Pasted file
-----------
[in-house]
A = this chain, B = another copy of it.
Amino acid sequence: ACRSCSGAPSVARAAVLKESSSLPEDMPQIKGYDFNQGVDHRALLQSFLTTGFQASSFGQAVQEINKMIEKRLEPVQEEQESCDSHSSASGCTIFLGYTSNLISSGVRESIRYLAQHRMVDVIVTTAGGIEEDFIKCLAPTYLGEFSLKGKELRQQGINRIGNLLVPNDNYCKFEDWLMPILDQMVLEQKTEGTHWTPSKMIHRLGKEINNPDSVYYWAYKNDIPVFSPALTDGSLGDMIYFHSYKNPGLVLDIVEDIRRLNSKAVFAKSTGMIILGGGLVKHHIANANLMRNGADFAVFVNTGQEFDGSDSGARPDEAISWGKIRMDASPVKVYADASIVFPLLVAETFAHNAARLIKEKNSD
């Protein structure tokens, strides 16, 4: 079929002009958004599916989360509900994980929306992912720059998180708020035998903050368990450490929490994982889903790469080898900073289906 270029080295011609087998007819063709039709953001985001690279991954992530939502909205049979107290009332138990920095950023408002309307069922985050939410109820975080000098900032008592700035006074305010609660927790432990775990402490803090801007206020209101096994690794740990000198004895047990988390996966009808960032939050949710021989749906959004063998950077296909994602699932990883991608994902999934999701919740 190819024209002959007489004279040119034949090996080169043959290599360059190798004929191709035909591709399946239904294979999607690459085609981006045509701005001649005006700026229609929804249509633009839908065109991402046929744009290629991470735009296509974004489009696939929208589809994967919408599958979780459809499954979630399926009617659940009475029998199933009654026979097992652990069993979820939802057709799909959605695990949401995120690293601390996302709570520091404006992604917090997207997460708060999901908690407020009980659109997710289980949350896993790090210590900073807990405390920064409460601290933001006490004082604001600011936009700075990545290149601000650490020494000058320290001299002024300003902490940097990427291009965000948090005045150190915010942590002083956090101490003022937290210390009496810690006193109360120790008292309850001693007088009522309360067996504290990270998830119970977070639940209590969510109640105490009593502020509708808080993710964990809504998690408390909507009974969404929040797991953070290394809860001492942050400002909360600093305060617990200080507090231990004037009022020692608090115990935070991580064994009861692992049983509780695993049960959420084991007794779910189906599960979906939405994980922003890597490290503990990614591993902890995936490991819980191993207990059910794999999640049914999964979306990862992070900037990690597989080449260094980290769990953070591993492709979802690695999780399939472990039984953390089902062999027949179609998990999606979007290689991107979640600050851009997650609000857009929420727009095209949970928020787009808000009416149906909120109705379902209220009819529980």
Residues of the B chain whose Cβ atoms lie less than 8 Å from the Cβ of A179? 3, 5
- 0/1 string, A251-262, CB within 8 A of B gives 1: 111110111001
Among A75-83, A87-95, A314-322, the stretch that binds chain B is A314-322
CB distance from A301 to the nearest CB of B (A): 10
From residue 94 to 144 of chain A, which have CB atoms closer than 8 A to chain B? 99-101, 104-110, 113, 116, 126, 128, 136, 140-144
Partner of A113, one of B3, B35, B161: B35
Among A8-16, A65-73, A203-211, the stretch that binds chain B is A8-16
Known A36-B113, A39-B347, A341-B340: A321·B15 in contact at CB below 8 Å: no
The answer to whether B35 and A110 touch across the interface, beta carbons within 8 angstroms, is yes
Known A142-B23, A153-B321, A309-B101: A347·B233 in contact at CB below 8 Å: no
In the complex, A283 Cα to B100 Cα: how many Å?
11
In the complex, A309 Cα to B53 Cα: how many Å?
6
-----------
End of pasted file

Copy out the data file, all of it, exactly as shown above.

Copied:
[in-house]
A = this chain, B = another copy of it.
Amino acid sequence: ACRSCSGAPSVARAAVLKESSSLPEDMPQIKGYDFNQGVDHRALLQSFLTTGFQASSFGQAVQEINKMIEKRLEPVQEEQESCDSHSSASGCTIFLGYTSNLISSGVRESIRYLAQHRMVDVIVTTAGGIEEDFIKCLAPTYLGEFSLKGKELRQQGINRIGNLLVPNDNYCKFEDWLMPILDQMVLEQKTEGTHWTPSKMIHRLGKEINNPDSVYYWAYKNDIPVFSPALTDGSLGDMIYFHSYKNPGLVLDIVEDIRRLNSKAVFAKSTGMIILGGGLVKHHIANANLMRNGADFAVFVNTGQEFDGSDSGARPDEAISWGKIRMDASPVKVYADASIVFPLLVAETFAHNAARLIKEKNSD
């Protein structure tokens, strides 16, 4: 079929002009958004599916989360509900994980929306992912720059998180708020035998903050368990450490929490994982889903790469080898900073289906 270029080295011609087998007819063709039709953001985001690279991954992530939502909205049979107290009332138990920095950023408002309307069922985050939410109820975080000098900032008592700035006074305010609660927790432990775990402490803090801007206020209101096994690794740990000198004895047990988390996966009808960032939050949710021989749906959004063998950077296909994602699932990883991608994902999934999701919740 190819024209002959007489004279040119034949090996080169043959290599360059190798004929191709035909591709399946239904294979999607690459085609981006045509701005001649005006700026229609929804249509633009839908065109991402046929744009290629991470735009296509974004489009696939929208589809994967919408599958979780459809499954979630399926009617659940009475029998199933009654026979097992652990069993979820939802057709799909959605695990949401995120690293601390996302709570520091404006992604917090997207997460708060999901908690407020009980659109997710289980949350896993790090210590900073807990405390920064409460601290933001006490004082604001600011936009700075990545290149601000650490020494000058320290001299002024300003902490940097990427291009965000948090005045150190915010942590002083956090101490003022937290210390009496810690006193109360120790008292309850001693007088009522309360067996504290990270998830119970977070639940209590969510109640105490009593502020509708808080993710964990809504998690408390909507009974969404929040797991953070290394809860001492942050400002909360600093305060617990200080507090231990004037009022020692608090115990935070991580064994009861692992049983509780695993049960959420084991007794779910189906599960979906939405994980922003890597490290503990990614591993902890995936490991819980191993207990059910794999999640049914999964979306990862992070900037990690597989080449260094980290769990953070591993492709979802690695999780399939472990039984953390089902062999027949179609998990999606979007290689991107979640600050851009997650609000857009929420727009095209949970928020787009808000009416149906909120109705379902209220009819529980």
Residues of the B chain whose Cβ atoms lie less than 8 Å from the Cβ of A179? 3, 5
- 0/1 string, A251-262, CB within 8 A of B gives 1: 111110111001
Among A75-83, A87-95, A314-322, the stretch that binds chain B is A314-322
CB distance from A301 to the nearest CB of B (A): 10
From residue 94 to 144 of chain A, which have CB atoms closer than 8 A to chain B? 99-101, 104-110, 113, 116, 126, 128, 136, 140-144
Partner of A113, one of B3, B35, B161: B35
Among A8-16, A65-73, A203-211, the stretch that binds chain B is A8-16
Known A36-B113, A39-B347, A341-B340: A321·B15 in contact at CB below 8 Å: no
The answer to whether B35 and A110 touch across the interface, beta carbons within 8 angstroms, is yes
Known A142-B23, A153-B321, A309-B101: A347·B233 in contact at CB below 8 Å: no
In the complex, A283 Cα to B100 Cα: how many Å?
11
In the complex, A309 Cα to B53 Cα: how many Å?
6